Wednesday, June 18, 2014

The AQM, Part 2: What does it mean to filers?

In the first part of this two-part discussion, we reviewed what the U.S. Securities and Exchange Commission (SEC) Accounting Quality Model (AQM, or "RoboCop") is using to evaluate public filings. The AQM was designed to help automate and streamline the review process of the eXtensible Business Reporting Language (XBRL) instance document, the machine-readable version of a filer's quarterly report.

Additionally, we looked a little deeper at how discretionary accruals are typically used to assess the probability of "earnings management". This can be problematic as it can lead to false positives, so the SEC is trying to shore-up this process by further by parsing discretionary accrual factors. They do so by categorizing them for deeper analysis as either factors that indicate earnings management and those that induce earnings management.

The real question is, what does this mean to individual filers? Here are a few thoughts for consideration:
  1. The AQM has been in use by the SEC for close to a year. Soon after a filing is uploaded to the SEC's Electronic Data Gathering, Analysis, and Retrieval (EDGAR) system, it is now processed by the AQM. Each filing then gets assigned a risk score which the SEC will use to prioritize its investigations and review efforts on filings most likely to show earnings management.
  2. The SEC is in theory getting better at finding filers who use creative accounting practices. They now seem confident that they have good proxies for discretionary accrual factors. An example from the SEC’s Craig Lewis, recently retired Chief Economist and Director of the Division of Risk, Strategy, and Financial Innovation and chief architect of the AQM:  An accounting policy that could be considered a risk indicator (and consistently measured) would be an accounting policy that results in relatively high reported book earnings, even though firms simultaneously select alternative tax treatments that minimize taxable income.”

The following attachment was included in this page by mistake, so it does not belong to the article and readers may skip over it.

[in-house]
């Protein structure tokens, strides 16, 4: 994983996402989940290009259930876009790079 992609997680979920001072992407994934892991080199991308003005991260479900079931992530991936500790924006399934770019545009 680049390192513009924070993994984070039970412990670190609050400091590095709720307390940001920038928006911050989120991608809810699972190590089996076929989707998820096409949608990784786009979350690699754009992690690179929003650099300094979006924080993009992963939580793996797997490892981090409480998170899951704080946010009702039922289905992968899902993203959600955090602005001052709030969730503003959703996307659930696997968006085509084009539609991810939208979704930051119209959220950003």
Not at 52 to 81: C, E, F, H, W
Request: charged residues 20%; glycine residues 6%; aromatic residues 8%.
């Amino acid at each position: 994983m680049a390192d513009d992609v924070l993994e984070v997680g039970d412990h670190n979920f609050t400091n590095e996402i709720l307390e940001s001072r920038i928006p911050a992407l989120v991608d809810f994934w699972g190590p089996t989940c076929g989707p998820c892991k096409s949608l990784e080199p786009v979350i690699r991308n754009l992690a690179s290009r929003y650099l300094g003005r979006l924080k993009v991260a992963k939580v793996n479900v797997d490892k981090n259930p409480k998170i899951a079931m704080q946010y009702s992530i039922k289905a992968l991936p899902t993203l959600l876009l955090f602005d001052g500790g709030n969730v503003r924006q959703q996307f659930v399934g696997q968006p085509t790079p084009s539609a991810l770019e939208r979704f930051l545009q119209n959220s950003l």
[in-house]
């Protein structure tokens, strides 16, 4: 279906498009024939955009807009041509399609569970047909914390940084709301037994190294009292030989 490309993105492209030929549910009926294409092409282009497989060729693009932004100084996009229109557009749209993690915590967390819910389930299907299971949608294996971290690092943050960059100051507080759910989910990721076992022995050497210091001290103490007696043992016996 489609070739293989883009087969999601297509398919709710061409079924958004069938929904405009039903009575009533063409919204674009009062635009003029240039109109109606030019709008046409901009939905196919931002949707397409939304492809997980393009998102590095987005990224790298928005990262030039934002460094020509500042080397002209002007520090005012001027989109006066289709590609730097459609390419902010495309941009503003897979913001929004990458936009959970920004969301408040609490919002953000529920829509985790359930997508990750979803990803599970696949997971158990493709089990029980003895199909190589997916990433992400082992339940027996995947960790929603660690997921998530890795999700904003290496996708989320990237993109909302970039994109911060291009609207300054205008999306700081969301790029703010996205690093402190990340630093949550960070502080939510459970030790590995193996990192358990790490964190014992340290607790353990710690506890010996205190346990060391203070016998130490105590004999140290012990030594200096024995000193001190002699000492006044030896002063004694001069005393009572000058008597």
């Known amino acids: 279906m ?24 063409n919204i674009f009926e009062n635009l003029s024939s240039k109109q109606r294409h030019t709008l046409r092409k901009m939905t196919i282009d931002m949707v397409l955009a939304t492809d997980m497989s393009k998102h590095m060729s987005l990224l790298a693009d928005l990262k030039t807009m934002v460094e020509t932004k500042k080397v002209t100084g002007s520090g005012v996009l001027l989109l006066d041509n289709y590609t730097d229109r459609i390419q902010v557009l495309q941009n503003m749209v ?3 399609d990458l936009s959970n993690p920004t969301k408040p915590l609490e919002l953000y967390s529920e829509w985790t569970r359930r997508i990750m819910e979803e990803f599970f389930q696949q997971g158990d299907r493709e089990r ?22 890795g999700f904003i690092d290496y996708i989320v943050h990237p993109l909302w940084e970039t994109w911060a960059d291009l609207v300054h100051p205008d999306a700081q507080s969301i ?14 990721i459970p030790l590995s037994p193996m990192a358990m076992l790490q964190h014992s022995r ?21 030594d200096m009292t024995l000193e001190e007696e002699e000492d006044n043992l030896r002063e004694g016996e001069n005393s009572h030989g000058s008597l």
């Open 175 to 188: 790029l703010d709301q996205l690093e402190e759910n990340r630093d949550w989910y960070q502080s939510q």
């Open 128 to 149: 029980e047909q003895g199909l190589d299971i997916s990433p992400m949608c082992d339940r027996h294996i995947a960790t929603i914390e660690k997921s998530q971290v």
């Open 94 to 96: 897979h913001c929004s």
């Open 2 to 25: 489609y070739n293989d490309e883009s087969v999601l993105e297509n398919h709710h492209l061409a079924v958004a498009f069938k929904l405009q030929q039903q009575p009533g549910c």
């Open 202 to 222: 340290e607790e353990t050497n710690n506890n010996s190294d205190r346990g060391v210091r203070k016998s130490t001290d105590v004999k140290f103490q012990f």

3. Because the SEC is using XBRL data, filing accuracy could save you a lot of potential hassle. From Craig Lewis’ Q&A with Merrill Compliance “If you make a mistake in how you record an element, that would affect the score you get from the model and might make you more likely to be pulled up for a review—I would argue, correctly so.
  4. The SEC’s approach is not just isolated to the data in your filings. They have been developing ways to parse and analyze the reports included in filings as well.

What do you think? Have you seen that the AQM has been effective so far, since its implementation last summer? As an investor, does the use of the AQM give you more confidence in the electronic data being filed with the SEC? What other thoughts about the AQM would you add to this list?